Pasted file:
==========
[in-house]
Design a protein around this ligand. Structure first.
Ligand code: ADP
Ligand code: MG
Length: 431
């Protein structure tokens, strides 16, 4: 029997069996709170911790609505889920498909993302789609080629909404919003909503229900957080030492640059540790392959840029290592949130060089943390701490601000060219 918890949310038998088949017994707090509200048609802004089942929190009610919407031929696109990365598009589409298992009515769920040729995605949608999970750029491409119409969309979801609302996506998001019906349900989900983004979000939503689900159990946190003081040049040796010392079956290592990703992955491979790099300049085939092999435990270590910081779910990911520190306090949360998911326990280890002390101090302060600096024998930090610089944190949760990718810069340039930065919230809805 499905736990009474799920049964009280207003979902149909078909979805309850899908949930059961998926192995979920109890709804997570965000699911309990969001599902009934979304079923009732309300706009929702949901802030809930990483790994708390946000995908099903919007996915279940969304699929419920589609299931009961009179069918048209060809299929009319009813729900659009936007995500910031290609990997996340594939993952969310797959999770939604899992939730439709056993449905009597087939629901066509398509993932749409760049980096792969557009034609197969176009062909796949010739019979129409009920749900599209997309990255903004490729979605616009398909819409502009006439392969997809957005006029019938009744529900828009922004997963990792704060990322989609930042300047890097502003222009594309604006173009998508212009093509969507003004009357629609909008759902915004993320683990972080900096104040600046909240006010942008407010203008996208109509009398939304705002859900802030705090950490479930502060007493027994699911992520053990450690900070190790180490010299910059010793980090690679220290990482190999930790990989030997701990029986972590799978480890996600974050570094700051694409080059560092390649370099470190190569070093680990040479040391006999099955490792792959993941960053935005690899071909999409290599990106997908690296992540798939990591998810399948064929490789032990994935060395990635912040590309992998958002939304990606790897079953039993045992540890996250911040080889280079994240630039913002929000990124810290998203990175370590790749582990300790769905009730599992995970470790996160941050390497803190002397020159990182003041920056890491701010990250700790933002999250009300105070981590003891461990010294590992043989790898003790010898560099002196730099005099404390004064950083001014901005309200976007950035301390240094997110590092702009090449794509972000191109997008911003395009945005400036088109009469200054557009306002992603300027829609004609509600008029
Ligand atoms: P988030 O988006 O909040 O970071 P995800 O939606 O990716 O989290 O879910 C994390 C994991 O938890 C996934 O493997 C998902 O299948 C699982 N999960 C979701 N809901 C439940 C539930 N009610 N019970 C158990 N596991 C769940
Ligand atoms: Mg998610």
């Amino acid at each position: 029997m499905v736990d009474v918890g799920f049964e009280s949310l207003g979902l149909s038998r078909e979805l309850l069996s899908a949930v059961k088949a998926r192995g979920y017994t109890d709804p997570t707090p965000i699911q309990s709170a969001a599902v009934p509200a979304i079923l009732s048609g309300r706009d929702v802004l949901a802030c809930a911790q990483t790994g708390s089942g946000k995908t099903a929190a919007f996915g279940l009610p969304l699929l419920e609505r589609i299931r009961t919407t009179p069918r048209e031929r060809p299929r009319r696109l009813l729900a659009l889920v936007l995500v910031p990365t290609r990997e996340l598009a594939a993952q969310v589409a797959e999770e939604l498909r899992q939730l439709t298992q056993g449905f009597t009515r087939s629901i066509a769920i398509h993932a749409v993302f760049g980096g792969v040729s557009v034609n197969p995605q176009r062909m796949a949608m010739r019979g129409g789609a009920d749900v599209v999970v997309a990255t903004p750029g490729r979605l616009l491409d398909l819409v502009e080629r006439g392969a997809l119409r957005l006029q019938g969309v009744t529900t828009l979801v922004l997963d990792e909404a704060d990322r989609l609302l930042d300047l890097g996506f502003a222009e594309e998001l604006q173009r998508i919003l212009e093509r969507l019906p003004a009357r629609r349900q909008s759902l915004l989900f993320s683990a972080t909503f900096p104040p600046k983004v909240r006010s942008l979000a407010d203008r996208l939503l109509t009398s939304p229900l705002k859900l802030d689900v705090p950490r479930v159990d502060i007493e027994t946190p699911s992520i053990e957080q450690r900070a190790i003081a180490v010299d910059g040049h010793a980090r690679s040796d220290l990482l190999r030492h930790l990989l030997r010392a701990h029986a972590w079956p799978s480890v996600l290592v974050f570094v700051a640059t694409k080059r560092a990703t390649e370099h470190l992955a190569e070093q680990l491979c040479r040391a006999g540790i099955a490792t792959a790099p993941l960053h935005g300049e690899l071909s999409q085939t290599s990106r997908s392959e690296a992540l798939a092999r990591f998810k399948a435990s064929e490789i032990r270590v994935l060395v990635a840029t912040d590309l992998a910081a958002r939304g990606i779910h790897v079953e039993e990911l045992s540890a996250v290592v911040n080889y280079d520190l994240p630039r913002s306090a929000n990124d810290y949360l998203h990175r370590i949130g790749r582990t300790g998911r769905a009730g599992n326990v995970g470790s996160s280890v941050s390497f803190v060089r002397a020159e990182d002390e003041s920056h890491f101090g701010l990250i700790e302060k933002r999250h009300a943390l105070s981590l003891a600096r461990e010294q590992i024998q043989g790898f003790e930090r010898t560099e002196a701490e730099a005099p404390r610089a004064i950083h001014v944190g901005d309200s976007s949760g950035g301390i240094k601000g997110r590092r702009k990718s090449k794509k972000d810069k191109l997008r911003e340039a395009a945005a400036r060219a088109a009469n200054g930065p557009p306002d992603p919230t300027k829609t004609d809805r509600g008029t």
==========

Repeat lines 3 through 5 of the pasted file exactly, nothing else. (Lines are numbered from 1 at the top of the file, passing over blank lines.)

Ligand code: ADP
Ligand code: MG
Length: 431